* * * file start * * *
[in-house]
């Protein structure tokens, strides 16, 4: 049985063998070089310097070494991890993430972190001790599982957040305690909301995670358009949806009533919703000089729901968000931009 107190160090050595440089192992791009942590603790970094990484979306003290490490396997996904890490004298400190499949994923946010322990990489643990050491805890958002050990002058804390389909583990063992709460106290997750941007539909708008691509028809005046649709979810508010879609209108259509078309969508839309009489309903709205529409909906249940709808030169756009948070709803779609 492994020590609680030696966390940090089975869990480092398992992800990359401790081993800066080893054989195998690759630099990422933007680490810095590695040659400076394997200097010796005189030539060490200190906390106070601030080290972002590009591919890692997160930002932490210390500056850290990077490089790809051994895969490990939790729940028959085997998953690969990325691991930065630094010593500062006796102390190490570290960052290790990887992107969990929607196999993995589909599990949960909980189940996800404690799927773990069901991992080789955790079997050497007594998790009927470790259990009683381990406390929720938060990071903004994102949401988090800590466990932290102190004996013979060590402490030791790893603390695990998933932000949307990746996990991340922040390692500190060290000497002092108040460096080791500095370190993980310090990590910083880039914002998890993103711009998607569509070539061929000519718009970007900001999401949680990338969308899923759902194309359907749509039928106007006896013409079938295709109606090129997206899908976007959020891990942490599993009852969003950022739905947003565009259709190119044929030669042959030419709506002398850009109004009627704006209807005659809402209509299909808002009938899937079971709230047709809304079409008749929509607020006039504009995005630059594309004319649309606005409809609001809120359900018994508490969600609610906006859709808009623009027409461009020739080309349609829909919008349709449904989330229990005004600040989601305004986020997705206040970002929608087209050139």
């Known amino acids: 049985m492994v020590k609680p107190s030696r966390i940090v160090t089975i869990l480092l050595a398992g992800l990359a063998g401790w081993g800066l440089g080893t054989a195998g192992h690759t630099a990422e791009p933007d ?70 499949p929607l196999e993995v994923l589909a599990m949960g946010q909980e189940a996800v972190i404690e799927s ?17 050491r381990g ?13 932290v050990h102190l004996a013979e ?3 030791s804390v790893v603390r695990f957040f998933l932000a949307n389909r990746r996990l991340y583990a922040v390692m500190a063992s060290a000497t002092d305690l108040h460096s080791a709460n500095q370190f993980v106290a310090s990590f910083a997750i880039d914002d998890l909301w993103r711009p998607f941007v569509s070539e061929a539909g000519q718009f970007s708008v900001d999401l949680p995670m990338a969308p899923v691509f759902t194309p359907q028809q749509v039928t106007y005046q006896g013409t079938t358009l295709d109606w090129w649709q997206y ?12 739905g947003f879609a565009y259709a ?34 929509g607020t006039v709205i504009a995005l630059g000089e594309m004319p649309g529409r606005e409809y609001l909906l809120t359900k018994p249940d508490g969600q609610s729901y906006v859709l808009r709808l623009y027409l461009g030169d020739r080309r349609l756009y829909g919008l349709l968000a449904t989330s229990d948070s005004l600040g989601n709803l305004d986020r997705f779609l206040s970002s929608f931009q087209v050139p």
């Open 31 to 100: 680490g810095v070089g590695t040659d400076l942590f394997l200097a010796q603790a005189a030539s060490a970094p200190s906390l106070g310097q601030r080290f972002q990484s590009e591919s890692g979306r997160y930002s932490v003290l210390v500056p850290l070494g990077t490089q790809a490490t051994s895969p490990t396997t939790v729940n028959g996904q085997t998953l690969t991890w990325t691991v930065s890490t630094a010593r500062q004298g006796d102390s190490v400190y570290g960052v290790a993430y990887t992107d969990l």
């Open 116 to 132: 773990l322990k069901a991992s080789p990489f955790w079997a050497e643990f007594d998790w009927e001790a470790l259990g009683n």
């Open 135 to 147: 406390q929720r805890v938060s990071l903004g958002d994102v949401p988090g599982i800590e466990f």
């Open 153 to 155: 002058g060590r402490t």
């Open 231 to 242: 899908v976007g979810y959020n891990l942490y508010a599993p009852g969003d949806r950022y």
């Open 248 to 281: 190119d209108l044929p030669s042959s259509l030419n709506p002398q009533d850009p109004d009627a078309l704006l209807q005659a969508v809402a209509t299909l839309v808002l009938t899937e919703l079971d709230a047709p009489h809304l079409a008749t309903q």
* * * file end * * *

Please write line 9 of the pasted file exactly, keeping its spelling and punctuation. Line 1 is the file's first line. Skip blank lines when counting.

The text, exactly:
């Open 248 to 281: 190119d209108l044929p030669s042959s259509l030419n709506p002398q009533d850009p109004d009627a078309l704006l209807q005659a969508v809402a209509t299909l839309v808002l009938t899937e919703l079971d709230a047709p009489h809304l079409a008749t309903q």